But what I was going to relate is that a few months ago I had the chance to meet a remarkable guy – an actual genius, I’d say, with such an impressive track record in science and technology that he is on a TV show dealing with that at the moment – who mentioned one day in conversation both that he was “100% Viking” in terms of his family background (he is originally from a small Baltic state), and that because of that he has had to battle all his life against a compulsion to retaliate in whole-hearted fashion whenever anyone has wronged him, even in a small way. The conversation was prompted by a recent incident in which he had experienced a surge of that feeling after a somewhat innocuous encounter in which someone was essentially joking around with him. I can’t recall his exact words, but it was along the lines of his instinct being “to hunt you down and kill you, then find your family and kill them,” etc. Anyway, I think the idea is clear enough, and while perhaps one might say that that sort of feeling is not necessarily so unusual, he described it dead seriously as being something he has had to particularly struggle with because of his background. And this is an incredibly intelligent, super-nice person saying this. I guess I would have assumed a Viking could probably be described in those terms, but it was kind of illuminating to get such a first-hand, interior account.
And it aligns quite well with the idea of the Scots-Irish (insofar as they are at least in part a Celtic/Viking people, albeit a group also forged by their specific experiences that shaped them in a distinct way) being a fiercely independent, emotional people prone to violence and retribution. I am aware that there is a lot of debate about, for example, how “Celtic” the Scots-Irish actually were, that there were differences between lowlanders and highlanders, that Appalachia had a mixed population, etc., but as one of the books pictured above, Born Fighting, points out, whatever they “are,” the Scots-Irish, hardened by centuries of war, have certainly made up a disproportionate share of America’s military from the very beginning, playing major roles in both the Revolutionary (one British writer at the time even called the conflict the “Scotch-Irish Presbyterian rebellion”) and Civil Wars, and continuing to do so today. They have also contributed an outsized portion of the country’s political leaders (including, among a remarkable 20 presidents, a half Scots-Irish Abraham Lincoln and Bill Clinton), writers and musicians. It is just striking to me that those last two categories in particular seem to be especially associated with parts of the British Isles that the Vikings, and not the Romans, influenced more strongly. And did those tendencies carry over to form the basis of the storytelling tradition the South is known for? A 2002 book from Louisianna State University called The Companion to Southern Literature says yes, even if the Scots-Irish component became slightly diluted, but if I continue this line of thought this post will turn into a thesis.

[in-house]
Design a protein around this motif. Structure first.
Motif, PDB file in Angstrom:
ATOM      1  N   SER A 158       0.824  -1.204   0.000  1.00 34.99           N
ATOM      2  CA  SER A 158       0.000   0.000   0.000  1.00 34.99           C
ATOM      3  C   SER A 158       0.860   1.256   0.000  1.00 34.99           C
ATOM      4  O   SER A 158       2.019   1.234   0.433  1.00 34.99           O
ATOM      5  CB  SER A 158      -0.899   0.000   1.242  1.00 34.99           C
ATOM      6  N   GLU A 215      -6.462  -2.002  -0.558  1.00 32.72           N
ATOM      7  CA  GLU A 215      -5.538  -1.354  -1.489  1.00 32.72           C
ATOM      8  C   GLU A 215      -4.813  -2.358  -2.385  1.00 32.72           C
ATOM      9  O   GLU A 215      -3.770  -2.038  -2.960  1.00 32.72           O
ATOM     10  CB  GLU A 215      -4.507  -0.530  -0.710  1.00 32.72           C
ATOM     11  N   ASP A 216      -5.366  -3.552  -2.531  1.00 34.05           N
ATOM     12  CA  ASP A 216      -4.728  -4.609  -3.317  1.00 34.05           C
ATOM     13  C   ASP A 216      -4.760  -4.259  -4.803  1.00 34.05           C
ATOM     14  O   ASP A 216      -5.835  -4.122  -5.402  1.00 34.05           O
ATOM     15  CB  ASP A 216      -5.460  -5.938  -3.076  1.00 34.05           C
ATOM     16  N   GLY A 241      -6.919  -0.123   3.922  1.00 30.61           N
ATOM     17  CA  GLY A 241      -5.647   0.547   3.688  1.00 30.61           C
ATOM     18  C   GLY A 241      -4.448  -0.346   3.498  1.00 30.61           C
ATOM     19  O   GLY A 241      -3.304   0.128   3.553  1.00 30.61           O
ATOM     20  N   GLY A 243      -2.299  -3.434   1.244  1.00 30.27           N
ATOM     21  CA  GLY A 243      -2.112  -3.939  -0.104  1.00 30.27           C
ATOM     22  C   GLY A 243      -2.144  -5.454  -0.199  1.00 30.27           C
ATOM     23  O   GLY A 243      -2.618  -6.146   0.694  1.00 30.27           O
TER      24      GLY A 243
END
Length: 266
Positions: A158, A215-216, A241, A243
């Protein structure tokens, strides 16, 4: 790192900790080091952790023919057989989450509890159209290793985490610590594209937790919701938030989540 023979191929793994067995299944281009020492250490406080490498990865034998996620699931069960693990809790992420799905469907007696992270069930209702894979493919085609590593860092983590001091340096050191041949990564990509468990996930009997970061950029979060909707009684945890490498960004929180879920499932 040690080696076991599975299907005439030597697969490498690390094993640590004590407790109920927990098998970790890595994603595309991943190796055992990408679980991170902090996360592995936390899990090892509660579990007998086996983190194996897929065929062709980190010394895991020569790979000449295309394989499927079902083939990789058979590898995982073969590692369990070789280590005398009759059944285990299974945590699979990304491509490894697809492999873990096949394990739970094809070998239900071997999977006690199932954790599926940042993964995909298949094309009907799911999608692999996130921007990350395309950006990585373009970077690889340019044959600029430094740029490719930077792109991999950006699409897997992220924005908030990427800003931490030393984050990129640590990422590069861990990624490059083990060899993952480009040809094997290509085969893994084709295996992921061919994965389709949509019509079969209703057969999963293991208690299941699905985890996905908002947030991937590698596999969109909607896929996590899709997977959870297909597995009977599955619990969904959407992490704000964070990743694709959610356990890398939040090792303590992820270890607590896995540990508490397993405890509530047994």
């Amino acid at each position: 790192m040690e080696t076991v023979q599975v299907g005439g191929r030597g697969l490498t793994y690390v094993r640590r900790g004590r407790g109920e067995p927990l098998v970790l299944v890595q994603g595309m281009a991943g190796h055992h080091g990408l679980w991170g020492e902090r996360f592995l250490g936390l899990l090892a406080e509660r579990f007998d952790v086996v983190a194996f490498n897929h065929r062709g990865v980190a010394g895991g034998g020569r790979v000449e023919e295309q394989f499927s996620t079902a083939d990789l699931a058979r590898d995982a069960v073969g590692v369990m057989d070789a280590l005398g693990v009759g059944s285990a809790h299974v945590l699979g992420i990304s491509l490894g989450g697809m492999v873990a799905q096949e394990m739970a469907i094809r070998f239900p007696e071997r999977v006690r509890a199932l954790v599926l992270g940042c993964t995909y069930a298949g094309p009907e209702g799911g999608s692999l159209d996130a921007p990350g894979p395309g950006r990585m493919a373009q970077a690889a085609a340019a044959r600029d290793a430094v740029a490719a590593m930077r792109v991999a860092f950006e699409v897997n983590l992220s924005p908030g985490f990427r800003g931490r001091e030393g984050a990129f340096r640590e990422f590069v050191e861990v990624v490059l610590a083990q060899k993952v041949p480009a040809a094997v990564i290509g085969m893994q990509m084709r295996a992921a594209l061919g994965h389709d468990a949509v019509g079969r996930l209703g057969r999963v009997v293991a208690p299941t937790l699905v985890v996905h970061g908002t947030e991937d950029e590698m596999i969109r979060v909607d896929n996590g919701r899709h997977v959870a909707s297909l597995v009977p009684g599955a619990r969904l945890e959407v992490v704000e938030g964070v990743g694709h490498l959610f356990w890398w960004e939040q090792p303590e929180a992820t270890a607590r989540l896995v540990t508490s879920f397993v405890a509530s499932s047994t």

Just to clarify something, though – some of what I am talking about here and especially in the other posts on this general topic involve reflections on the Irish and Scottish in general, not just the Scots-Irish; it’s just that the latter group possesses some distinct traits that led it to play a specific role in American history, and for the purposes of this post, both the McCoys and Hatfields were of that particular extraction. For more related musings, if you are interested you can also see this older post, which talks about country music and (the Scots-Irish) Hank Williams, described in the book The Other Irish as “the embodiment of the mountain culture contradiction – a poet that could move people to tears with his sincerity, yet terrify them with his violent self-destructive streak.”
So I do finally want to get back to music and Clyde McCoy, or at least touch briefly on his role in the development of the wah-wah pedal. McCoy (born in Kentucky in 1903, he was a little young for the feud) had a career that spanned seven decades, and during the 1920s he became known for using a mute when he played. Please see the above clip from youtube to give him a listen, playing his signature tune “Sugar Blues” that he debuted in 1930. It’s definitely a trip down memory lane. Miles Davis would later use a similar mute on such tracks as “All Blues.”